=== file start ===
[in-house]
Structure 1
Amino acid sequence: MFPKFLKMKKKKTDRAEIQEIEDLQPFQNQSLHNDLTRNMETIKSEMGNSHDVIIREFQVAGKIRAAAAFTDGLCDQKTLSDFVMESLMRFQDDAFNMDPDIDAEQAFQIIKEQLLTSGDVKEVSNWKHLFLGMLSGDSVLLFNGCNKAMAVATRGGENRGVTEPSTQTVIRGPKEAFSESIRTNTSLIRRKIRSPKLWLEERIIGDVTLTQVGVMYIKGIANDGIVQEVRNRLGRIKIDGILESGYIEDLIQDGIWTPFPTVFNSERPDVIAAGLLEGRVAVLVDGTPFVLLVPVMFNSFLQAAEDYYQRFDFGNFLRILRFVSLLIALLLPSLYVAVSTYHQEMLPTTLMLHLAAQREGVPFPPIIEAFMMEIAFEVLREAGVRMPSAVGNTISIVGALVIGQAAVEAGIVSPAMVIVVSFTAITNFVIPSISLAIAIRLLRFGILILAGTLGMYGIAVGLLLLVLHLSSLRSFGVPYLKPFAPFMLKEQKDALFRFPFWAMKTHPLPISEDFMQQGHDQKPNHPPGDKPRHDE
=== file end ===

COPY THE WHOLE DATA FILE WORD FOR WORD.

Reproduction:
[in-house]
Structure 1
Amino acid sequence: MFPKFLKMKKKKTDRAEIQEIEDLQPFQNQSLHNDLTRNMETIKSEMGNSHDVIIREFQVAGKIRAAAAFTDGLCDQKTLSDFVMESLMRFQDDAFNMDPDIDAEQAFQIIKEQLLTSGDVKEVSNWKHLFLGMLSGDSVLLFNGCNKAMAVATRGGENRGVTEPSTQTVIRGPKEAFSESIRTNTSLIRRKIRSPKLWLEERIIGDVTLTQVGVMYIKGIANDGIVQEVRNRLGRIKIDGILESGYIEDLIQDGIWTPFPTVFNSERPDVIAAGLLEGRVAVLVDGTPFVLLVPVMFNSFLQAAEDYYQRFDFGNFLRILRFVSLLIALLLPSLYVAVSTYHQEMLPTTLMLHLAAQREGVPFPPIIEAFMMEIAFEVLREAGVRMPSAVGNTISIVGALVIGQAAVEAGIVSPAMVIVVSFTAITNFVIPSISLAIAIRLLRFGILILAGTLGMYGIAVGLLLLVLHLSSLRSFGVPYLKPFAPFMLKEQKDALFRFPFWAMKTHPLPISEDFMQQGHDQKPNHPPGDKPRHDE